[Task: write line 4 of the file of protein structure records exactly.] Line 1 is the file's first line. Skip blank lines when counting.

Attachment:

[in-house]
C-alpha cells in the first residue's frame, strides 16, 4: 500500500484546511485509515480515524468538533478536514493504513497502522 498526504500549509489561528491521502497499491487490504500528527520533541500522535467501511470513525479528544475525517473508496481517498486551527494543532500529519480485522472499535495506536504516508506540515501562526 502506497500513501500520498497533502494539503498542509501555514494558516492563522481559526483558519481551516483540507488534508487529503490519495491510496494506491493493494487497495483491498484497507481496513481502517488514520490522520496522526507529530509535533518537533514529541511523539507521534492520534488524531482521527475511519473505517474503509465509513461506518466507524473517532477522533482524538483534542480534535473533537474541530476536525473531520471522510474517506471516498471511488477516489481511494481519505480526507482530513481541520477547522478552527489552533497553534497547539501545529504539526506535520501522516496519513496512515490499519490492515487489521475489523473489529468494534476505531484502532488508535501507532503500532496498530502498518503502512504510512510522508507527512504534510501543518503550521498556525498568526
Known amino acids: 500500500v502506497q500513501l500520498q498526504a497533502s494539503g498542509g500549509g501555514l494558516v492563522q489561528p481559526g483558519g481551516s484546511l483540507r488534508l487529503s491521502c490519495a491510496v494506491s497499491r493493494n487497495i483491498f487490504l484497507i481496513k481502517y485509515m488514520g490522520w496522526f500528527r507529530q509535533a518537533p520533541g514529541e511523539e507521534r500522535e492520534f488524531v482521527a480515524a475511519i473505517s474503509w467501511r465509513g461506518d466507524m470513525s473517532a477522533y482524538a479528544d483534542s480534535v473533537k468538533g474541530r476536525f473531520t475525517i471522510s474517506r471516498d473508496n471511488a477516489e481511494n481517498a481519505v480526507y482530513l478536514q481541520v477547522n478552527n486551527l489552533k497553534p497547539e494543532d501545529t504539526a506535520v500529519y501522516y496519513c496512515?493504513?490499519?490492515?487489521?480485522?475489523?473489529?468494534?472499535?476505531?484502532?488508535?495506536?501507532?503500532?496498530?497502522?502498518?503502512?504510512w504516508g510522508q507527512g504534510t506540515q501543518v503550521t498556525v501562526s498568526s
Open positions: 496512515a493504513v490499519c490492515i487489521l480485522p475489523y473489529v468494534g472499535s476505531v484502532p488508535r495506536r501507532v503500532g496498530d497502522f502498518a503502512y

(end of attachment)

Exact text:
Open positions: 496512515a493504513v490499519c490492515i487489521l480485522p475489523y473489529v468494534g472499535s476505531v484502532p488508535r495506536r501507532v503500532g496498530d497502522f502498518a503502512y